Change the world


In a first for SA, Nelson Mandela University (NMU) launched a digital storytelling laboratory, Common Good First, in Port Elizabeth on Monday – to tell the stories of the voiceless and provide opportunities for effective and targeted partnerships to deal with social problems in communities.

The programme, to be introduced at other universities soon, aims to link community projects to one another and to higher education institutions around the world using a webbased knowledge bank and innovative digital storytelling.

The developer of the project and its primary co-ordinator is Glasgow Caledonian University in Glasgow, Scotland, with NMU being the lead SA partner and co-ordinator.

Common Good First is funded by EU programme Erasmus+, a funding stream for education.

The total cost of the programme is about R16m, while the new space for digital storytelling is situated at NMU’s Bird Street campus.

The programme aims to identify community projects and work with them to promote their objectives online and to investigate how the academic network can fashion innovative approaches to social change in response to the challenges facing the projects.

NMU vice-chancellor Professor Sibongile Muthwa said this was the first of a series of digital creative spaces to be launched at universities in SA.

“The stories we will aim to tell will highlight challenges in communities so that those who can help would be able to respond,” Muthwa said.

Julie Adair, of the Common Good First Project at the Glasgow university, said it was already working in five of SA’s nine provinces and was also developing the project for use on mobile phones.

Adair said the aim was to build a cohort of up to 90 community projects.

Glasgow Caledonian University vice-chancellor Professor Pamela Ginnis said the world needed social innovation to build trust and increase social capital in communities.

NMU community for social technology director Professor Darelle van Greunen said the aim was to change the world for the common good.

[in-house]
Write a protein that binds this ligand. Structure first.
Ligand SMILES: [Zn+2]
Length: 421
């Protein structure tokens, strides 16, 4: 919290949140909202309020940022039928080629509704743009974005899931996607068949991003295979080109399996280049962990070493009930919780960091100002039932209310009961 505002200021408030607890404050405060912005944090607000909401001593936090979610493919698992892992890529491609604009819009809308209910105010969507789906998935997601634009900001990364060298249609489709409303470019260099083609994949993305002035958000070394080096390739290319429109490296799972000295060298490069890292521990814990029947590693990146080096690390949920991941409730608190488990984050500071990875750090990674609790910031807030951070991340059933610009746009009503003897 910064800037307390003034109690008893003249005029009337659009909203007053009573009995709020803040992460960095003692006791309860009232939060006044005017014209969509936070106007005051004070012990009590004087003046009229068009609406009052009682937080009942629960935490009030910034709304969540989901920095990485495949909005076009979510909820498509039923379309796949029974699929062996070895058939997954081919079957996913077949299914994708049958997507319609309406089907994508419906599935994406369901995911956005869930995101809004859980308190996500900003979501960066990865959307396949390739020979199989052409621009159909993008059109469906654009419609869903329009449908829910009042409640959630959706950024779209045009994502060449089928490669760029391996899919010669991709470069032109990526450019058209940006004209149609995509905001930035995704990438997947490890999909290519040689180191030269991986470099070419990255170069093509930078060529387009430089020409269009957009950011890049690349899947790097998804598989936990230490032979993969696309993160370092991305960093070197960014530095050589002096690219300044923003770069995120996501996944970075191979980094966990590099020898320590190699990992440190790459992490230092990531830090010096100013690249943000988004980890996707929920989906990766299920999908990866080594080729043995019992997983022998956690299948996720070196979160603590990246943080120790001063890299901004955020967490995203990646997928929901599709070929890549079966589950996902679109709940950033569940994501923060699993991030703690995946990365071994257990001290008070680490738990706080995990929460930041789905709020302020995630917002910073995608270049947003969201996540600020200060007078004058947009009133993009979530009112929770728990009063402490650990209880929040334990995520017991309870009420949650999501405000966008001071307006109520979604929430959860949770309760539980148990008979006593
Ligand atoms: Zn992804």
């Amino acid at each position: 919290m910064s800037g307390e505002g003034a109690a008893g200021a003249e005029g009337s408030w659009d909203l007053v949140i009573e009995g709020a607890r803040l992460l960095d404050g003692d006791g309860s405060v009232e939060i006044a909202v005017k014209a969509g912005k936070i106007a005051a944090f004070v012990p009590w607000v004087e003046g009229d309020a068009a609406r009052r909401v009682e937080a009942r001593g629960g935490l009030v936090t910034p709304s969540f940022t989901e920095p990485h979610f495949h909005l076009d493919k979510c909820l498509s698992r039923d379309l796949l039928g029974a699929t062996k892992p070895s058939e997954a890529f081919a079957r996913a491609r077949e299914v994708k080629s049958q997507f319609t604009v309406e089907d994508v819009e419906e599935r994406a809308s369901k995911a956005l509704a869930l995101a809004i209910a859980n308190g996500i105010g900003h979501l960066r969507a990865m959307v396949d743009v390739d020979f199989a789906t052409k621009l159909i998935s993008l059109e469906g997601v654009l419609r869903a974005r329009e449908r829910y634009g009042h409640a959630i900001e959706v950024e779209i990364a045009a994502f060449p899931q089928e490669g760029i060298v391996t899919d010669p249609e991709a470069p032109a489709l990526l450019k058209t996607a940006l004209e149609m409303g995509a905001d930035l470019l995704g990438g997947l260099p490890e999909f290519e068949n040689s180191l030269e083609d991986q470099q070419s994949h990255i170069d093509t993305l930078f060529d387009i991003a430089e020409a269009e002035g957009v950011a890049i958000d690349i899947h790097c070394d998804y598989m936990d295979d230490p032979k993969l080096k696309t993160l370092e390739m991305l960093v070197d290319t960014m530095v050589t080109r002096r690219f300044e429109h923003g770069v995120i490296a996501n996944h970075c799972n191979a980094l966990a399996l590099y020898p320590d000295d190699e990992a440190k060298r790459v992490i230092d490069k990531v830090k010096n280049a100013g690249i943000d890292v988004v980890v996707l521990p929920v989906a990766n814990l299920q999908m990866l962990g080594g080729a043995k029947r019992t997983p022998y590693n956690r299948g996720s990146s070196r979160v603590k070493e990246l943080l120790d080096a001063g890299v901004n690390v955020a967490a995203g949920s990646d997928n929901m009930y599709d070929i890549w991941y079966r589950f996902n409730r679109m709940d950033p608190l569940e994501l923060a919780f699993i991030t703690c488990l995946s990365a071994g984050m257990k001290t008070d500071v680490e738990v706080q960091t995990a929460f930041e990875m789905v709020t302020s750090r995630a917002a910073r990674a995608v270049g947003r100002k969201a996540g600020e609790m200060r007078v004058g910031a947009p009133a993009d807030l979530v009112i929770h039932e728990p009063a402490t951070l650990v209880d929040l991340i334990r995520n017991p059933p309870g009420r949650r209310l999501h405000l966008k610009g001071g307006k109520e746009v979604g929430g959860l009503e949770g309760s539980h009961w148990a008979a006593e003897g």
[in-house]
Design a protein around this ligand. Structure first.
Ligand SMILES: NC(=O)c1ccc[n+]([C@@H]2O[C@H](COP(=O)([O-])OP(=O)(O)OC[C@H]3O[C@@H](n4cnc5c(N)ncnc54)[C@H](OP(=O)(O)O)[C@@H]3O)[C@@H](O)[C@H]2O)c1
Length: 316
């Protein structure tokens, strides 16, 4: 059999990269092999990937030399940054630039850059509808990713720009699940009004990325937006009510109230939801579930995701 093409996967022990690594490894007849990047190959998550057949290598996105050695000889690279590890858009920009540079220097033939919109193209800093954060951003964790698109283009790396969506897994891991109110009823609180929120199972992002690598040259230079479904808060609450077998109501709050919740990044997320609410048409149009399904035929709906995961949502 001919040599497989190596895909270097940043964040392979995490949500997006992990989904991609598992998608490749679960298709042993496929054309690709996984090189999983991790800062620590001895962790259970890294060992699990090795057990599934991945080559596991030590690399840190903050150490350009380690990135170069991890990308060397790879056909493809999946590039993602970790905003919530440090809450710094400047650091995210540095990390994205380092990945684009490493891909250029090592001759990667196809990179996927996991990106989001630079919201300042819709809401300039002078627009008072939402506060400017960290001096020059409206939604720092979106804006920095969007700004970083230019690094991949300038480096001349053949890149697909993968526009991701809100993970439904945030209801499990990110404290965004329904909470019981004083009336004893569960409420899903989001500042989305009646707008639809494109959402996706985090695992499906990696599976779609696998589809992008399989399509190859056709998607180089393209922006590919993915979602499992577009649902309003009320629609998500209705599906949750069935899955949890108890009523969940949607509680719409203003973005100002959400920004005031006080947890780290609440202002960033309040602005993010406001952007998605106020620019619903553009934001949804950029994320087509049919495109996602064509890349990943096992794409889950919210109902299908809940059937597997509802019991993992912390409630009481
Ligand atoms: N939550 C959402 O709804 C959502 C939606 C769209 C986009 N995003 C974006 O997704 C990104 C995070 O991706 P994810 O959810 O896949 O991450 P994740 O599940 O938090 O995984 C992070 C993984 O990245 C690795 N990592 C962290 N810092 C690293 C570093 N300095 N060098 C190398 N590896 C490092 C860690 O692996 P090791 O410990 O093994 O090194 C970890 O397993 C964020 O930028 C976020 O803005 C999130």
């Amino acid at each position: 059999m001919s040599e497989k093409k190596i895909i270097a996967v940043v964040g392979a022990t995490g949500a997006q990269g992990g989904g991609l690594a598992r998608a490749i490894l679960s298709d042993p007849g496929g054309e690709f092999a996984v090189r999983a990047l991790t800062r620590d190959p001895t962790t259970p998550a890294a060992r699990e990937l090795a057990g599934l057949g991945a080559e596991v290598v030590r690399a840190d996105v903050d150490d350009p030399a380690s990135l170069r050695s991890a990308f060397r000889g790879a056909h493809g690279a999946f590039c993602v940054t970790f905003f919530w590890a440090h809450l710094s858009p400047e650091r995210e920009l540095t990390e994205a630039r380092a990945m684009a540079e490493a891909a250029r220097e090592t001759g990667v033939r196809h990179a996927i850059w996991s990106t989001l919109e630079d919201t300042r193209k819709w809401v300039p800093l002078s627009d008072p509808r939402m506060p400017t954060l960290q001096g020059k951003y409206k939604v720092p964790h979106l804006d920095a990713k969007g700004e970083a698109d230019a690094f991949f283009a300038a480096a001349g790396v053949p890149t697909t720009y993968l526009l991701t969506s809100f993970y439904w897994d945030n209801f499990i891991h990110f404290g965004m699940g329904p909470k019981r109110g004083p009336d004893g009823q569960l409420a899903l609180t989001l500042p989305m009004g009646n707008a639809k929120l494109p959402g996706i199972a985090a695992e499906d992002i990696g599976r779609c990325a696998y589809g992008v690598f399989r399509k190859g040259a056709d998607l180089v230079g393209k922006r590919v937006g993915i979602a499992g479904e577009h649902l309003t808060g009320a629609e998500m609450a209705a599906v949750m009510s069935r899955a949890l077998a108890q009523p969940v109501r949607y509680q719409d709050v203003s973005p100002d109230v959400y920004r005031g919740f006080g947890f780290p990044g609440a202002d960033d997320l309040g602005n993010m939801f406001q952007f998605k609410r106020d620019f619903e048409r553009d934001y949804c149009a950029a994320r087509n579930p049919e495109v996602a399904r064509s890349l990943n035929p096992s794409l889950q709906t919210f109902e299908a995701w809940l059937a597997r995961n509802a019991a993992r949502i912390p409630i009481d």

She said the opening of the digital storytelling lab also served as a call to action to be part of the change.

“Innovation flourishes when people from diverse backgrounds come together to find solutions to problems.”

Music superstar Annie Lennox, who is also the chancellor of the Glasgow Caledonian University, pledged her support in a video message.

NMU chancellor Dr Geraldine Fraser-Moleketi said she was honoured to be part of this historic occasion.

Quoting former president Nelson Mandela, she said those who strove for a common good “dare not linger”.

Referring to the case of pastor Timothy Omotoso, Fraser-Moleketi said: “We owe our children a life free of violence and fear.

“We must walk the talk and we dare not linger.”

The chair of the NMU council, Nozipho January-Bardill, noted the number of women speakers at the event.

“I feel very proud,” she said. “It is wonderful to see women changing the world. This is a new narrative.”

At the launch from left to right - Mandela University Vice-Chancellor: Professor Sibongile Muthwa, Glasgow Caledonian University Vice-Chancellor: Proesoor Pamela Gillies, Mandela University Chancellor: Dr Geraldine Fraser-Moleketi and Mandela University Chair of Council: Ambassador Nozipho January-Bardill.

This article appeared in The Herald of 23 October 2018 written by 
Estelle Ellis

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